November 22, 2007
By Wayne Gustaveson
Lake Elevation: 3599
Water Temp: 59-61 F


The first freeze of the year occurred on Thanksgiving Day. The cold temperature finally allowed the water surface temperature to dip into the high 50s. Fish respond to cold temperatures by exhibiting springtime behavior. Best fishing happens when water is warmest - usually in the afternoon. Feeding periods are farther apart meaning there are times when fish just will not bite. These dormant periods are followed by brief feeding sprees that make it very worth while to be fishing on a cool day.

Striped bass: Still very abundant although average length is smaller than in the spring, fish health is greatly improved as the older generation is now mostly gone giving way to the new rising generation. Shad are moving deeper and stripers follow. Expect to find striper schools in canyons with shad where bottom depth is 40-60 feet deep. They can be deeper when resting and shallower when feeding but graphing in this range allows a good starting point when searching for the first school of the day.

Striper schools have been most recently found in Wahweap Bay near Lone Rock, Dry Rock Creek, San Juan past the Great Bend, and Trachyte and White Canyon near Hite. Night fishing is good near the marinas.

When shallow, stripers can be caught trolling shallow running "trap" baits or shad raps with a bit of chartreuse and shad color. When deep, swim baits like walleye assassin and Yamamoto swim baits are very effective when retrieved slowly along the bottom. It is very important to use the graph to located fish during the winter. They don't move much so a large school can be very close but not caught unless the boat is positioned directly over them. Anchovies are always effective.

BASS: It has been a great year for big black bass. The trophies are still out there and can be caught by fortunate anglers in the right place at the right time. But most average-sized bass are hanging in one of two locations:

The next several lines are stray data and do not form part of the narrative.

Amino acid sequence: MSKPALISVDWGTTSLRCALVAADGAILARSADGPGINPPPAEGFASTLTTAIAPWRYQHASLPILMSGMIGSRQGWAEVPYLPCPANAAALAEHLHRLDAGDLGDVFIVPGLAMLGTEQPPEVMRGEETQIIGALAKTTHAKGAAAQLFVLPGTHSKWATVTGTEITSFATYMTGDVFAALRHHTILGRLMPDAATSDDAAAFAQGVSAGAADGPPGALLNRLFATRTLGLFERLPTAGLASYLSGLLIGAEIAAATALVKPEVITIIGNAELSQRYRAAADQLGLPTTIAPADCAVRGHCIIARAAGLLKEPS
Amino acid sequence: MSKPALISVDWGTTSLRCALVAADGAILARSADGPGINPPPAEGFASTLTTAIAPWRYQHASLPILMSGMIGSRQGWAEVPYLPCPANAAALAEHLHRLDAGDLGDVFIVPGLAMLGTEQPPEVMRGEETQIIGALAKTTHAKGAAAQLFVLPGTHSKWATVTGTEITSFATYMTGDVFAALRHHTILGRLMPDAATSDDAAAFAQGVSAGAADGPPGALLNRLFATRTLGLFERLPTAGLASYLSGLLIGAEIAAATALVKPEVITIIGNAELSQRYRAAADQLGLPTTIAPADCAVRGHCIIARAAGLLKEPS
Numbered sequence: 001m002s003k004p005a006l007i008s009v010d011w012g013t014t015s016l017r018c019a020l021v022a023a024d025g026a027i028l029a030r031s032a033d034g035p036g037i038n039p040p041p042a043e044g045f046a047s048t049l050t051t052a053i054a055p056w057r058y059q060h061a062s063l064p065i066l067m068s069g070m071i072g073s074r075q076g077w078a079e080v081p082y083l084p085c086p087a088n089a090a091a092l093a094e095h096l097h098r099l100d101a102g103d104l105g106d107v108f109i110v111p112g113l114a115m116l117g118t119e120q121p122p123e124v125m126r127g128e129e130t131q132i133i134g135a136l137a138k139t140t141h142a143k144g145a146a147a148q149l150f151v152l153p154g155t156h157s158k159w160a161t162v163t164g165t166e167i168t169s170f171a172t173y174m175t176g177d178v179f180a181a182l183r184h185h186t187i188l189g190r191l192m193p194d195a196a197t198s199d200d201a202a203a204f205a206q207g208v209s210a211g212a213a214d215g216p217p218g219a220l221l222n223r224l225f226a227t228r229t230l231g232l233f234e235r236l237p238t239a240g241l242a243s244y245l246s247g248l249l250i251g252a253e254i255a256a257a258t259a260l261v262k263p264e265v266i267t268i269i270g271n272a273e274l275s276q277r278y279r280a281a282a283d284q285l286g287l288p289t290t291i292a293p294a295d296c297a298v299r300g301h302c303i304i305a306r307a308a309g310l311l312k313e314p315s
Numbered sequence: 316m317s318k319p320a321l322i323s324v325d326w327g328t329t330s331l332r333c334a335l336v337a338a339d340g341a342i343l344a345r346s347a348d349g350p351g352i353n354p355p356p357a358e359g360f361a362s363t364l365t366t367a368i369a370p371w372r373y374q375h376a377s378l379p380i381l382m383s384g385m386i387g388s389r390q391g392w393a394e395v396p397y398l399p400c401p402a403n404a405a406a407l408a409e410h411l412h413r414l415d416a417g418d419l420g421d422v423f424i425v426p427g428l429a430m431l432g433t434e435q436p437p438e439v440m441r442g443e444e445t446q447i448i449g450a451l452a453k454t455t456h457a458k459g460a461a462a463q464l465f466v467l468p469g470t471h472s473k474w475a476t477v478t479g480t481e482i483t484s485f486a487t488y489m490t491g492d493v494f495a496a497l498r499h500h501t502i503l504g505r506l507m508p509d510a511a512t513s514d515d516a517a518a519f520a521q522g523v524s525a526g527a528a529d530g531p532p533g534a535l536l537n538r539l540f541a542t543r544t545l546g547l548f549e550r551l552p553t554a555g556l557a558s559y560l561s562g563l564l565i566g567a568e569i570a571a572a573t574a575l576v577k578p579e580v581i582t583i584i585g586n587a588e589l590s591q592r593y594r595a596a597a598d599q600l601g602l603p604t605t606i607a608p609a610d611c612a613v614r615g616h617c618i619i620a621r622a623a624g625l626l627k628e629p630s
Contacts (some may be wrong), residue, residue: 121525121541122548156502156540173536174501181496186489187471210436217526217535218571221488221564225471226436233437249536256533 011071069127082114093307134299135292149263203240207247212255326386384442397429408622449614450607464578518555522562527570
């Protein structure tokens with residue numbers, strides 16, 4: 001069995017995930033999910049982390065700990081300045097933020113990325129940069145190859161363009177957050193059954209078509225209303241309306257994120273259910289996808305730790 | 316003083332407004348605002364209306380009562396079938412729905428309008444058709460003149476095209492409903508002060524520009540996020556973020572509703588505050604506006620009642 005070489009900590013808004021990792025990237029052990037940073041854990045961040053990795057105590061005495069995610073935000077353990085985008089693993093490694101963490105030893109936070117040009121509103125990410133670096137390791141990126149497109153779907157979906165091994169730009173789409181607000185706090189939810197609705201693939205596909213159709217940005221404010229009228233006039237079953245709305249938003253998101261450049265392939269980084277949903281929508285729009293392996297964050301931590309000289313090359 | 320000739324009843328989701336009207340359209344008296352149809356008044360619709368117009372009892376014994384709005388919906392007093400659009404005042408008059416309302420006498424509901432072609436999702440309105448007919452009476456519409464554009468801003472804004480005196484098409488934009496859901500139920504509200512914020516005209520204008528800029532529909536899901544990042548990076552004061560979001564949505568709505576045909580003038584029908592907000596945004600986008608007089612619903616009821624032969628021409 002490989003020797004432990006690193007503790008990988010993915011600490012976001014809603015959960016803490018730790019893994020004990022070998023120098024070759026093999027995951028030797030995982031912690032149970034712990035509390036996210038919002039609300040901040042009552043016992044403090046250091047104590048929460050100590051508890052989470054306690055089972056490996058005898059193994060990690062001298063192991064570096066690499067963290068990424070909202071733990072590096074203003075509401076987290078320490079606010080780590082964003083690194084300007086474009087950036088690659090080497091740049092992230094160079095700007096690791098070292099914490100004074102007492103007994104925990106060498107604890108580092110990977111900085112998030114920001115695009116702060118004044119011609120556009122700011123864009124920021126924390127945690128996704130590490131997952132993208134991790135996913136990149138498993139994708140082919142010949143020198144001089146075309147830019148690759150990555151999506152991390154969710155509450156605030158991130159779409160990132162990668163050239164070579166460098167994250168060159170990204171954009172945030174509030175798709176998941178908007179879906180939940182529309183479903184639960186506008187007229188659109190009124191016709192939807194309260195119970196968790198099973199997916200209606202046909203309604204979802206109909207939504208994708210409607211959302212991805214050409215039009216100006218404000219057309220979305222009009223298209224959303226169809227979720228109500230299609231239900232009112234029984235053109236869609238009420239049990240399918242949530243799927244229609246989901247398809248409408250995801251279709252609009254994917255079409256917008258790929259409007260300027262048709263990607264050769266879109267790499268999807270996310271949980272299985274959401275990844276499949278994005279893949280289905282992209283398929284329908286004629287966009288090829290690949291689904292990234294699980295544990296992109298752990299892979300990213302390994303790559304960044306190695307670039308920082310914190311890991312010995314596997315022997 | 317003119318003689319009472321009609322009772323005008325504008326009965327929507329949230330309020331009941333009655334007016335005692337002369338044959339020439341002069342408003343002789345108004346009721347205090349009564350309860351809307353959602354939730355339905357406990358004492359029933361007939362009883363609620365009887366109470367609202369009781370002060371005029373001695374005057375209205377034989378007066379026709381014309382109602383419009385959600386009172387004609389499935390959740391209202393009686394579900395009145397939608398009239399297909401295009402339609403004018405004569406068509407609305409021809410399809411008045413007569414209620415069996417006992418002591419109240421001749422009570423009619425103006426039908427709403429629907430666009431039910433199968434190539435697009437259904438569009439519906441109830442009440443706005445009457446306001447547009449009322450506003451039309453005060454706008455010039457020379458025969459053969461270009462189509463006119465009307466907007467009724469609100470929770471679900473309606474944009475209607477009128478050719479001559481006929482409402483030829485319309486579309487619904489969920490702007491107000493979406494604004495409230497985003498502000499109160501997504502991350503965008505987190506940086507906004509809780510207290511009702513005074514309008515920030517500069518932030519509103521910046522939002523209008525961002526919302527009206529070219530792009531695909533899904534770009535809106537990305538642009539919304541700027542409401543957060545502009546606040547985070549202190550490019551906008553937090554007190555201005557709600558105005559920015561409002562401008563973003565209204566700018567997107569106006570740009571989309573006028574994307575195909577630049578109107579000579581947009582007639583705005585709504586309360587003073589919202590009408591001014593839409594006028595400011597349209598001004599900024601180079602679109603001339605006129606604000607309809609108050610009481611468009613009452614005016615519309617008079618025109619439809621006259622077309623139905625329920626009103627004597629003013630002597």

Largemouth bass really like cover. Sunfish are hold up along the bottom in weed beds. Some of these weed beds are shallow with an edge exposed as the lake drops. Others are down as much as 20 feet. Largemouth bass will be right in the weeds (including tumbleweed piles) all winter long. They stay surprisingly shallow and follow the forage. Weed busting lures like spinnerbaits or vertically fished jig and pig baits are the winter standards. Some lake areas along the main channel are very clear. Look for murky water for best success. 

Smallmouth bass are rock oriented and will be deeper along breaking edges of long points or terraces. Both bass species are in cool water well below their preferred temperature range in the winter so feeding may not happen every day. But they do feed and can be caught. Smallmouth bass eat crayfish that hide under rocks. Use a bait that resembles their prey and stays close to the bottom. Nothing is better in the winter than the standard plastic grub that has been so effective for the past 20 years. Just experiment with grub colors, swimming action and speed of retrive to refine the most appealing pattern on any given day.


Walleye feed well in winter. They congregate around brushy cover where bait fish hide. Murky water is more comfortable for them and they are a very effective night time predator. Spoons, swim baits and plastics are effective cold weather walleye baits. Walleye can often be seen in shallow water around brush.  Put a drop shot bait right in front of their nose to wake them up. 

Crappie suspend in open water or hold up in schools near brush in winter. They don't feed often but they can be started once a school is located. Fishing at night under lights may be the most effective cold weather crappie technique.

Sunfish hide out during the winter trying to avoid bigger fish. Do not expect to catch many bluegill.